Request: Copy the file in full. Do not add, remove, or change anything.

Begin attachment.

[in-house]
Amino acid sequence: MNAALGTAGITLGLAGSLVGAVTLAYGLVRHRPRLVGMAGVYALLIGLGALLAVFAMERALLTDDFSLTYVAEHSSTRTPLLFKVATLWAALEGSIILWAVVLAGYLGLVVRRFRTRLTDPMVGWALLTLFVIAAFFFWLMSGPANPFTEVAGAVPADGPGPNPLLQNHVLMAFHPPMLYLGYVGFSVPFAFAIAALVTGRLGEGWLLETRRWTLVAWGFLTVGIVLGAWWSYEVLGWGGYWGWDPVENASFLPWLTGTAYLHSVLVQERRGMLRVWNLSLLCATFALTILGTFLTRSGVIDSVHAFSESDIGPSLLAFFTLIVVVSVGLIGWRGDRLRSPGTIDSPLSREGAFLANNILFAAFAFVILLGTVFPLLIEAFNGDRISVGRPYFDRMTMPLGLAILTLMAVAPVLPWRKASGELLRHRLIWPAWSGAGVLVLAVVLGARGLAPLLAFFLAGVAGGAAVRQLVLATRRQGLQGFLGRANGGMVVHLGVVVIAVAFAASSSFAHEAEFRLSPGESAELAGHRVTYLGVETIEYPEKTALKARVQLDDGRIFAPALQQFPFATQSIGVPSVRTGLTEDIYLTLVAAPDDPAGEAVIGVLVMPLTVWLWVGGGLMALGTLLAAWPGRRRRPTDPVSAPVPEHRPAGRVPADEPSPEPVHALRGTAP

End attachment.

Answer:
[in-house]
Amino acid sequence: MNAALGTAGITLGLAGSLVGAVTLAYGLVRHRPRLVGMAGVYALLIGLGALLAVFAMERALLTDDFSLTYVAEHSSTRTPLLFKVATLWAALEGSIILWAVVLAGYLGLVVRRFRTRLTDPMVGWALLTLFVIAAFFFWLMSGPANPFTEVAGAVPADGPGPNPLLQNHVLMAFHPPMLYLGYVGFSVPFAFAIAALVTGRLGEGWLLETRRWTLVAWGFLTVGIVLGAWWSYEVLGWGGYWGWDPVENASFLPWLTGTAYLHSVLVQERRGMLRVWNLSLLCATFALTILGTFLTRSGVIDSVHAFSESDIGPSLLAFFTLIVVVSVGLIGWRGDRLRSPGTIDSPLSREGAFLANNILFAAFAFVILLGTVFPLLIEAFNGDRISVGRPYFDRMTMPLGLAILTLMAVAPVLPWRKASGELLRHRLIWPAWSGAGVLVLAVVLGARGLAPLLAFFLAGVAGGAAVRQLVLATRRQGLQGFLGRANGGMVVHLGVVVIAVAFAASSSFAHEAEFRLSPGESAELAGHRVTYLGVETIEYPEKTALKARVQLDDGRIFAPALQQFPFATQSIGVPSVRTGLTEDIYLTLVAAPDDPAGEAVIGVLVMPLTVWLWVGGGLMALGTLLAAWPGRRRRPTDPVSAPVPEHRPAGRVPADEPSPEPVHALRGTAP